Courtesy: Daniel Bramlett
What is charity all about? The King James Bible uses the word where most modern English translations will substitute the word “Love” in its place. At its root, charity certainly is a tangible expression of love, but what does it look like? Is charity a fundraiser for a cause most of the fundraiser attendees will never see? Is charity even about money at all? Is charity a simple hand out, or does it go deeper than what one meal can provide?
I propose that charity is at the heart of the Gospel.
I suggest to you today that loving your neighbor as yourself is the root of charity. Simply that it cannot exist apart from love. Gifts are nice, but if they are not given in love, they are just money. A hungry belly always appreciates food, but if it is not provided in love, it’s just calories. An uncovered back will always welcome a shirt, but if it’s not given in love, it’s just thread. Love can change a person’s life. Money, food, and clothes never did a thing for anyone by themselves.
There’s a story in the Gospel of Luke (chapter 10) that always sticks in the minds of its hearers. You’ve listened to it a thousand times. It’s the story of the good Samaritan. You know all the details in the story. Samaritans were hated by Jews (and vice versa). Priests and Levites were revered. The highly held avoided the hurting man. The despised picked him up.
The phrase that gets me every time in this story is “he (the Samaritan) placed him (the hurting man).” He had to touch him to accomplish this. Before the story is over all the elements of charity are involved: money, food, medicinal care, transportation, clothes, and shelter. But it is in the moment he touched him that true charity was demonstrated.
Compassion is another word Jesus uses in this story. Compassion is a gut wrenching love expressed where the hurting person lies. It comes in at the point of need. It meets the person where he/she is and doesn’t let up until the need is met. It goes the distance, sometimes at great personal cost.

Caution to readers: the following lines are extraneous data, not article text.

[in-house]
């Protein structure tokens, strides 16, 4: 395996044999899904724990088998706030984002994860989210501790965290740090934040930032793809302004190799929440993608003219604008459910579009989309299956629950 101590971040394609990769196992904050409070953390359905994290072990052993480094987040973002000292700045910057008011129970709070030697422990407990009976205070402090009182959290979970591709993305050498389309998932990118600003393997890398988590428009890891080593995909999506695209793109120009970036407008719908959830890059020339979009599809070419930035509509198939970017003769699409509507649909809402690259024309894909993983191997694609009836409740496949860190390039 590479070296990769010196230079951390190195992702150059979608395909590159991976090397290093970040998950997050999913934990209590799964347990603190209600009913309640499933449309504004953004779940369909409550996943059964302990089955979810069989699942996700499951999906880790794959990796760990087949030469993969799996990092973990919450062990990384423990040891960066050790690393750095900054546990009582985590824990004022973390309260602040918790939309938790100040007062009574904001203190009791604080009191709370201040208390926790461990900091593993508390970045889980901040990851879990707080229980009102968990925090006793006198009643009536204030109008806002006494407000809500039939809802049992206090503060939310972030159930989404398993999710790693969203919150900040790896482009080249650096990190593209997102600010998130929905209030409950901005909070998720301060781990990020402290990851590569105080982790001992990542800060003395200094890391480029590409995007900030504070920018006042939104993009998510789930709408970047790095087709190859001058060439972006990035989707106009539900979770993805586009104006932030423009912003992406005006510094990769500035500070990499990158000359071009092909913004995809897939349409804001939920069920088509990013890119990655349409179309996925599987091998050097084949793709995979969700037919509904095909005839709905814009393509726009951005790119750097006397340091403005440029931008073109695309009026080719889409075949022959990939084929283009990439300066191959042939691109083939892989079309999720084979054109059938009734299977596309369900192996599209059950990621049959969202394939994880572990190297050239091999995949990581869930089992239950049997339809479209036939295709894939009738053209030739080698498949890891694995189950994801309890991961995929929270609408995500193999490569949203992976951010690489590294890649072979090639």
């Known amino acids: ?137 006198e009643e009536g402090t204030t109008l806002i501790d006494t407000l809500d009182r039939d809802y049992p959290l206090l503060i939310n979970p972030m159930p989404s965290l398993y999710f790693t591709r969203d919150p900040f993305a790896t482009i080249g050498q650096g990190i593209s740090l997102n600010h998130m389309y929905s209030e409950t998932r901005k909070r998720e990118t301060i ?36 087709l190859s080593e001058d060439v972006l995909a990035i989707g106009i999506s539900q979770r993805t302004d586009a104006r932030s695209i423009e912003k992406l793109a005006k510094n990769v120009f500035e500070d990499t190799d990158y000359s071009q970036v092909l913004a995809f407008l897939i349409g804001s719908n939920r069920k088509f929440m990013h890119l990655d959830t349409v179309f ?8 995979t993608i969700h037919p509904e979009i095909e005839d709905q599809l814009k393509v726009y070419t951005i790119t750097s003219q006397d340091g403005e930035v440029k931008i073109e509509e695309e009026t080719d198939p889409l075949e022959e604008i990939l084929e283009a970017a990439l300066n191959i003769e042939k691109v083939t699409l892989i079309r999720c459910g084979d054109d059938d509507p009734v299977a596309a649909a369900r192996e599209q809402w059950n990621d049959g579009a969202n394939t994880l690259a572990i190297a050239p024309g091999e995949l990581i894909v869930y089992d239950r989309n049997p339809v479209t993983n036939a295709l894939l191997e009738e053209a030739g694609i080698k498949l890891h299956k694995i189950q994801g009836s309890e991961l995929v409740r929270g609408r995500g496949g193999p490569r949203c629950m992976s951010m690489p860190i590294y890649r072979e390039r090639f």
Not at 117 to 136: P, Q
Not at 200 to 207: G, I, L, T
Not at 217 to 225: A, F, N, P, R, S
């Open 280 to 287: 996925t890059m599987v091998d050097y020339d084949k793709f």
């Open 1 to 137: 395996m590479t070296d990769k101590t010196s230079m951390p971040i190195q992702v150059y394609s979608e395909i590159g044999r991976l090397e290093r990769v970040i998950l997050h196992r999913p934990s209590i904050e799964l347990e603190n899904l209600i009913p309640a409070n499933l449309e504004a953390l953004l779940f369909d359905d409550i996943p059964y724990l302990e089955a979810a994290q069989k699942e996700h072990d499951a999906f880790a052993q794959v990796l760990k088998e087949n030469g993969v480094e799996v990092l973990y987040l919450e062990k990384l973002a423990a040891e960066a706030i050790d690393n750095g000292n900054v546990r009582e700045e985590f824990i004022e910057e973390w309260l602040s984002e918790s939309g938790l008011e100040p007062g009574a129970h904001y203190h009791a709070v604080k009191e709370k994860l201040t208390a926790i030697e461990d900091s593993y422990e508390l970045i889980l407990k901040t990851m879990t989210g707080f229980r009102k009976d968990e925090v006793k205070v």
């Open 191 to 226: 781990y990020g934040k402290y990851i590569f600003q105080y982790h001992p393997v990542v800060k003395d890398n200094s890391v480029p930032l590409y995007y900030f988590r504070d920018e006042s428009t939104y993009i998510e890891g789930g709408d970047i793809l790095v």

In our self-centered, world we often forget the compassion that has been shown us. We have a great tendency to sit in our comfortable chairs, eat our lavishly prepared food, and wear our designer clothes without any regard to the hurting masses around us.
I ask you, is it love shown to give our worn out clothes to Goodwill when we wear the best? Is it love demonstrated to donate our worn out couches when our bottoms won’t touch anything but the finest leather? Is it truly compassion to look at the cigarette smoking homeless man and say, “If he wouldn’t smoke those cigarettes he would have plenty of money for food,” or are these just acts of priestly indifference that feed our somewhat guilty consciences?
I do not write this to make you feel bad. Conviction is the job of the Holy Spirit. I do write these words to hopefully cause you to look around; to be aware of the needs screaming in our faces on a daily basis. Our iPod, heated seat, tinted window, leather encased world lends itself to keeping us blinded from the most basic needs, many times in our own neighborhoods, in our churches, and sometimes even on our back step.
Could it be a possibility Jesus intends for us to sometimes give away our nice couch and keep the worn one? Maybe it could be an option at least once in our lifetime to keep an old car and give away a new one? What if we took a family on a shopping spree and used the money we had set aside for a new addition to our already crowded wardrobe? Shouldn’t the church be known more for its gifts of compassion and less for its elitist attitudes? The battered man on the donkey would probably answer “Yes!”
I challenge you to take a step in the direction of charity. Get to know a hurting person. Work to discover a need near you and do what it takes to meet it. Build a relationship that is outside your comfort zone or daily routine. Step into the shoes of the Samaritan. The difference may be life or death.
Courtesy: Daniel Bramlett